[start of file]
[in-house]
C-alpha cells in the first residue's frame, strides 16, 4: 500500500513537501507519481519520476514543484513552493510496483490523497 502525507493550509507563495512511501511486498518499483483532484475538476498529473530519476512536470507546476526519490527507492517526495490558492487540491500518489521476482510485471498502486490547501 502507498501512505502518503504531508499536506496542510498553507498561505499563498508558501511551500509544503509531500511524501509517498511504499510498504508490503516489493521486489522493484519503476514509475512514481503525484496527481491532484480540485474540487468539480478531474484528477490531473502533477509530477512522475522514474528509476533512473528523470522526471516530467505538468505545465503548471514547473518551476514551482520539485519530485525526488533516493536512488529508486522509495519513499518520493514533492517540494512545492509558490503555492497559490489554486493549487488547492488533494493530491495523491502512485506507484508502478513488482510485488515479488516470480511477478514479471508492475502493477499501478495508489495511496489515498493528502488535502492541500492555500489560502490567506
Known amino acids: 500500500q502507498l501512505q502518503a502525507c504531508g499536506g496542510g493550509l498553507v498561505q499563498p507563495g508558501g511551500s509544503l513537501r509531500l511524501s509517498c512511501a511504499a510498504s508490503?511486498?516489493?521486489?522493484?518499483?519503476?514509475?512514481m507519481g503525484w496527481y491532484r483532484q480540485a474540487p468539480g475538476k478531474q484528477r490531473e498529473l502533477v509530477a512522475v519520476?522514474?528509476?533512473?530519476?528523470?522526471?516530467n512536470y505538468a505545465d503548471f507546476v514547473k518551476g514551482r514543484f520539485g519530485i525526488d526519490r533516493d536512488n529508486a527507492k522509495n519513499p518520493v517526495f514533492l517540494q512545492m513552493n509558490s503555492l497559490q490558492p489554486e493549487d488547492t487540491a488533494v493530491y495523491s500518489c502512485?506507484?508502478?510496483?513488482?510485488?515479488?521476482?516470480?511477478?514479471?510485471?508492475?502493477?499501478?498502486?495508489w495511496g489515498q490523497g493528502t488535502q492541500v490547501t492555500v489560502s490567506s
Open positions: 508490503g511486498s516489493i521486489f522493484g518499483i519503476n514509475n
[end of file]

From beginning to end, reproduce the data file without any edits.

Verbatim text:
[in-house]
C-alpha cells in the first residue's frame, strides 16, 4: 500500500513537501507519481519520476514543484513552493510496483490523497 502525507493550509507563495512511501511486498518499483483532484475538476498529473530519476512536470507546476526519490527507492517526495490558492487540491500518489521476482510485471498502486490547501 502507498501512505502518503504531508499536506496542510498553507498561505499563498508558501511551500509544503509531500511524501509517498511504499510498504508490503516489493521486489522493484519503476514509475512514481503525484496527481491532484480540485474540487468539480478531474484528477490531473502533477509530477512522475522514474528509476533512473528523470522526471516530467505538468505545465503548471514547473518551476514551482520539485519530485525526488533516493536512488529508486522509495519513499518520493514533492517540494512545492509558490503555492497559490489554486493549487488547492488533494493530491495523491502512485506507484508502478513488482510485488515479488516470480511477478514479471508492475502493477499501478495508489495511496489515498493528502488535502492541500492555500489560502490567506
Known amino acids: 500500500q502507498l501512505q502518503a502525507c504531508g499536506g496542510g493550509l498553507v498561505q499563498p507563495g508558501g511551500s509544503l513537501r509531500l511524501s509517498c512511501a511504499a510498504s508490503?511486498?516489493?521486489?522493484?518499483?519503476?514509475?512514481m507519481g503525484w496527481y491532484r483532484q480540485a474540487p468539480g475538476k478531474q484528477r490531473e498529473l502533477v509530477a512522475v519520476?522514474?528509476?533512473?530519476?528523470?522526471?516530467n512536470y505538468a505545465d503548471f507546476v514547473k518551476g514551482r514543484f520539485g519530485i525526488d526519490r533516493d536512488n529508486a527507492k522509495n519513499p518520493v517526495f514533492l517540494q512545492m513552493n509558490s503555492l497559490q490558492p489554486e493549487d488547492t487540491a488533494v493530491y495523491s500518489c502512485?506507484?508502478?510496483?513488482?510485488?515479488?521476482?516470480?511477478?514479471?510485471?508492475?502493477?499501478?498502486?495508489w495511496g489515498q490523497g493528502t488535502q492541500v490547501t492555500v489560502s490567506s
Open positions: 508490503g511486498s516489493i521486489f522493484g518499483i519503476n514509475n